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2012-05-06 13:02:28
definitions accounting standards

International Accounting Standards
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  1. IAS 1 : Presentation of Financial Statements
    • prescribes the basis for the presentation of general purpose financial statements, to ensure comparability both with the entity's financial statements of previous periods and with financial statements of other entities.
    • it sets out overall requirements for the presentation of financial statements, guidelines for their structure and minimum requirements for their content.
  2. What is the objective of Financial Statements?
    • to provide useful information to a wide range of users in making economic decisions.
    • To meet that objective, finanial statements provide information about:assets, liabilities, equity, income and expenses, contributions by and distribution to owners, cash flows
  3. A complete set of financial statement consists of:
    • statement of comprehensive income
    • statement of financial position
    • statement of changes in equity
    • statement of cash flow
    • notes comprising summary of significant accounting policies and other explanatory information
  4. Other assessable requirements of IAS 1 include:
    • financial statement must present fairly the financial position, financial performance and cash flows of an entity. Compliance with IFRSs is presumed to result in fair presentation. Companies must state that their financial statements comply with IFRS.
    • Directors must assess whether or not it is applicable for the company to prepare financial statements on the going concern basis.
    • Companies must use the accruals basis in preparing the financial statements.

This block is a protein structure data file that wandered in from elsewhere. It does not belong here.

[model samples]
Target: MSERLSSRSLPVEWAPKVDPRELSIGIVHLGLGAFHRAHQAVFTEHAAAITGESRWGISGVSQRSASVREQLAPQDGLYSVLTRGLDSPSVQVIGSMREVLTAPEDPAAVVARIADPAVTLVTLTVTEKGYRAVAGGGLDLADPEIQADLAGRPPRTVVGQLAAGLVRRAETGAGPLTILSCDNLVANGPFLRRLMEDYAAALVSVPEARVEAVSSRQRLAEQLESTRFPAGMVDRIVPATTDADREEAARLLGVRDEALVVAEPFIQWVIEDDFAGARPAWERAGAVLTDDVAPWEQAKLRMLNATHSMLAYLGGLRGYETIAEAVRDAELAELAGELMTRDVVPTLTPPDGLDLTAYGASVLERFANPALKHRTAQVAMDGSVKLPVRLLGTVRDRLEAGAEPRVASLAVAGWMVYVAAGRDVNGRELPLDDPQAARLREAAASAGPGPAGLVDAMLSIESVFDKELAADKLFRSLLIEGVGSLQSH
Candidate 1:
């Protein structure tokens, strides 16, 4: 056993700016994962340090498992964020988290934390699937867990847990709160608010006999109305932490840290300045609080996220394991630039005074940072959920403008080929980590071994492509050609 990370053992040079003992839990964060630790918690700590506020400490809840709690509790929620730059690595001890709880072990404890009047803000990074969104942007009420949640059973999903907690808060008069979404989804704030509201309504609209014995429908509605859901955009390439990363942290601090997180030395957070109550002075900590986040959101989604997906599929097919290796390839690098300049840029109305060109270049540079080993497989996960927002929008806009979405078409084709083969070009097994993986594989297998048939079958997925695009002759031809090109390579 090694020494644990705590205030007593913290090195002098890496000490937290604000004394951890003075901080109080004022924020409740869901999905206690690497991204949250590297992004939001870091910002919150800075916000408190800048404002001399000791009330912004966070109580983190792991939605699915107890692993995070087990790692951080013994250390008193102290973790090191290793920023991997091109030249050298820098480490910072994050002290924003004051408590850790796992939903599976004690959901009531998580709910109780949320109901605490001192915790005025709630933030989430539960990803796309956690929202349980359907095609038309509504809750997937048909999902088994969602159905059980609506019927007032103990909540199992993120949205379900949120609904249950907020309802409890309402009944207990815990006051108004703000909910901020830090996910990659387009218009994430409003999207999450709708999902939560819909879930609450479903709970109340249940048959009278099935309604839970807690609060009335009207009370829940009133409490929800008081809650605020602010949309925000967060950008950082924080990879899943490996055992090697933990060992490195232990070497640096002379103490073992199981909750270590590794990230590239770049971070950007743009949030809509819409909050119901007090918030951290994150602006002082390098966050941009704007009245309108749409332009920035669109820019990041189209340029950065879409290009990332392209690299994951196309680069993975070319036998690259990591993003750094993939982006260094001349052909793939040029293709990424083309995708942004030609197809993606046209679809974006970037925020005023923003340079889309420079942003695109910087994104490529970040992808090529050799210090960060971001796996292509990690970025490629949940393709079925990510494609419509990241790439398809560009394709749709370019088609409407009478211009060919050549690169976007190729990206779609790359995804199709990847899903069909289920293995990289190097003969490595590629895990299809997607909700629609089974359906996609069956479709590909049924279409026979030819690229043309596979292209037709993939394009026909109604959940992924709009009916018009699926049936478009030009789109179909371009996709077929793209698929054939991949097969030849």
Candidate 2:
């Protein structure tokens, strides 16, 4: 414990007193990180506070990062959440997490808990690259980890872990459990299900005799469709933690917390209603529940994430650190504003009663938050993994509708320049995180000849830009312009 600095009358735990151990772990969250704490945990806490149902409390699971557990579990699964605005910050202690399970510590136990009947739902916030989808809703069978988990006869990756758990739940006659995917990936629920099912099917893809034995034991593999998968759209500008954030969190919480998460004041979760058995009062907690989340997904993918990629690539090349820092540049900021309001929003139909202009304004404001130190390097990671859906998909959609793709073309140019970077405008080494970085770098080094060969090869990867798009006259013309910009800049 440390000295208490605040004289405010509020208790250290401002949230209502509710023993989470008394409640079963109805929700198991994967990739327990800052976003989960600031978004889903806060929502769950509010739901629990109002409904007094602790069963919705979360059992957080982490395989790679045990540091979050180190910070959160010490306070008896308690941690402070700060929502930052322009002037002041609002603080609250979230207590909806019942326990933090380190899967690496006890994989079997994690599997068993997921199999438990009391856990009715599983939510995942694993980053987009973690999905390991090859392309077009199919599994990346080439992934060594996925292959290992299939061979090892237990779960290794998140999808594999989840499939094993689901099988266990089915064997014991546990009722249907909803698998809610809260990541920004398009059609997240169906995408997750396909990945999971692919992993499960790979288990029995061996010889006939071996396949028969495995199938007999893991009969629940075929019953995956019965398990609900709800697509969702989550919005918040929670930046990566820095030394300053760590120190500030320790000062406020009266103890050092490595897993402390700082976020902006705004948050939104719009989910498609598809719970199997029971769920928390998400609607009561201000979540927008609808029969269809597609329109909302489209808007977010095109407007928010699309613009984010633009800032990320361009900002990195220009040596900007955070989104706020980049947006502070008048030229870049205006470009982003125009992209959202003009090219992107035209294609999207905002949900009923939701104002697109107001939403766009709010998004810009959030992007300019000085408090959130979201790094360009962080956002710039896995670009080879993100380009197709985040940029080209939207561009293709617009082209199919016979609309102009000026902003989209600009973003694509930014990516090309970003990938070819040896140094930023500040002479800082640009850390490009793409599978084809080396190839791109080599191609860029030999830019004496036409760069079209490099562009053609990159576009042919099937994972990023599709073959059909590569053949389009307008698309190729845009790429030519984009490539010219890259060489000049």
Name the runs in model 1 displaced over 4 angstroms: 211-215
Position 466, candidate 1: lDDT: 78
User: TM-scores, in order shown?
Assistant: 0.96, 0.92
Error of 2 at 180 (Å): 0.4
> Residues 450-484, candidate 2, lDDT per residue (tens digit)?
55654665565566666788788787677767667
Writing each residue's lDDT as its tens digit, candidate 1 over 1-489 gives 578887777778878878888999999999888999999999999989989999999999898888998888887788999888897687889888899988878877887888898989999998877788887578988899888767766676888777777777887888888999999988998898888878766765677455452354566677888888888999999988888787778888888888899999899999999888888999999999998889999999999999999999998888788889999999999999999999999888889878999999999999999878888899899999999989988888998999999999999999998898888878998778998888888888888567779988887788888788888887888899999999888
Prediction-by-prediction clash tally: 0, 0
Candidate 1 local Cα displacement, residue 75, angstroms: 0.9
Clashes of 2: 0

• Each material class of similar items must be presented separately.
    • Related assets and liabilities must not be offset.
    • Comparative information must be presented.
    • Financial statements must be presented annually.
    • Presentation and classification must be consistent.
    • The Statement of Financial Position must show separately current and non-current assets and liabilities.
  5. Current Assets are:
    • cash
    • cash equivalent
    • assets held for collection, sale or consumption within the entity's normal operating cycle OR
    • assets held for trading within the next 12 months (inventories)
  6. Current Liabilities are:
    • those to be settled within the entity's normal operating cycle or due within 12 months; OR
    • those held for trading; OR
    • those for which the entity does not have an unconditional right to defer payment beyond 12 months. All are liabilities are non-current.
  7. Income and Expenses must be disclosed either on:
    • a single statement of comprehensive income; OR
    • two separate statements, being one income statement and one statement of comprehensive income
  8. IAS 7: Statement of Cash Flows
    • All companies preparing financial statements using IAS must prepare a statement of cash flows.
    • The objective of IAS7 is to require the presentation of information about the historical changes in cash and cash equivalents of an entity by means of a statement of cash flows, which classifies cash flows during the period according to operating, investing an financing activities.